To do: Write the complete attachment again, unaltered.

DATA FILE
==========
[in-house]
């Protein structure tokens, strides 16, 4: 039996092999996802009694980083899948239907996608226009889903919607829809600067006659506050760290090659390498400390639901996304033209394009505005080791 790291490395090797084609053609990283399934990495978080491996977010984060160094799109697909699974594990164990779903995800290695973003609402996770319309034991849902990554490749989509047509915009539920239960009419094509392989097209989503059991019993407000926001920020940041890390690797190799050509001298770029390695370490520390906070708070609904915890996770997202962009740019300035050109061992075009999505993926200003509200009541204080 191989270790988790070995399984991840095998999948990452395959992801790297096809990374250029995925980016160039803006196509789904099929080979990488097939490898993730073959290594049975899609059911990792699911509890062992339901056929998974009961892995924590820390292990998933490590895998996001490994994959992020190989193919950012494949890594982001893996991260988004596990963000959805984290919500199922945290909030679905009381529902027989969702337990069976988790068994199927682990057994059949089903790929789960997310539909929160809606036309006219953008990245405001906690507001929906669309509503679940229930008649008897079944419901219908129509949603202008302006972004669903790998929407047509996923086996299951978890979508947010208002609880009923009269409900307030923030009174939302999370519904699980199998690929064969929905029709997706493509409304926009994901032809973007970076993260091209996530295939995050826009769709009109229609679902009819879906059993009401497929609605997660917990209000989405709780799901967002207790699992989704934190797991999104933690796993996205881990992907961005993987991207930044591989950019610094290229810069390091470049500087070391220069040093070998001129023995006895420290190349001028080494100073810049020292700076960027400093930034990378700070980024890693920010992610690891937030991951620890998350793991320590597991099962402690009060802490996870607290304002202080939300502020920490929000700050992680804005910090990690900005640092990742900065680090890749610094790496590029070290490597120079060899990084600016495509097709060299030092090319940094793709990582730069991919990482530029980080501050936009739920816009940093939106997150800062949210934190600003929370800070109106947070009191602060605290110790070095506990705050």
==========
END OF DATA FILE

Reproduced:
[in-house]
């Protein structure tokens, strides 16, 4: 039996092999996802009694980083899948239907996608226009889903919607829809600067006659506050760290090659390498400390639901996304033209394009505005080791 790291490395090797084609053609990283399934990495978080491996977010984060160094799109697909699974594990164990779903995800290695973003609402996770319309034991849902990554490749989509047509915009539920239960009419094509392989097209989503059991019993407000926001920020940041890390690797190799050509001298770029390695370490520390906070708070609904915890996770997202962009740019300035050109061992075009999505993926200003509200009541204080 191989270790988790070995399984991840095998999948990452395959992801790297096809990374250029995925980016160039803006196509789904099929080979990488097939490898993730073959290594049975899609059911990792699911509890062992339901056929998974009961892995924590820390292990998933490590895998996001490994994959992020190989193919950012494949890594982001893996991260988004596990963000959805984290919500199922945290909030679905009381529902027989969702337990069976988790068994199927682990057994059949089903790929789960997310539909929160809606036309006219953008990245405001906690507001929906669309509503679940229930008649008897079944419901219908129509949603202008302006972004669903790998929407047509996923086996299951978890979508947010208002609880009923009269409900307030923030009174939302999370519904699980199998690929064969929905029709997706493509409304926009994901032809973007970076993260091209996530295939995050826009769709009109229609679902009819879906059993009401497929609605997660917990209000989405709780799901967002207790699992989704934190797991999104933690796993996205881990992907961005993987991207930044591989950019610094290229810069390091470049500087070391220069040093070998001129023995006895420290190349001028080494100073810049020292700076960027400093930034990378700070980024890693920010992610690891937030991951620890998350793991320590597991099962402690009060802490996870607290304002202080939300502020920490929000700050992680804005910090990690900005640092990742900065680090890749610094790496590029070290490597120079060899990084600016495509097709060299030092090319940094793709990582730069991919990482530029980080501050936009739920816009940093939106997150800062949210934190600003929370800070109106947070009191602060605290110790070095506990705050």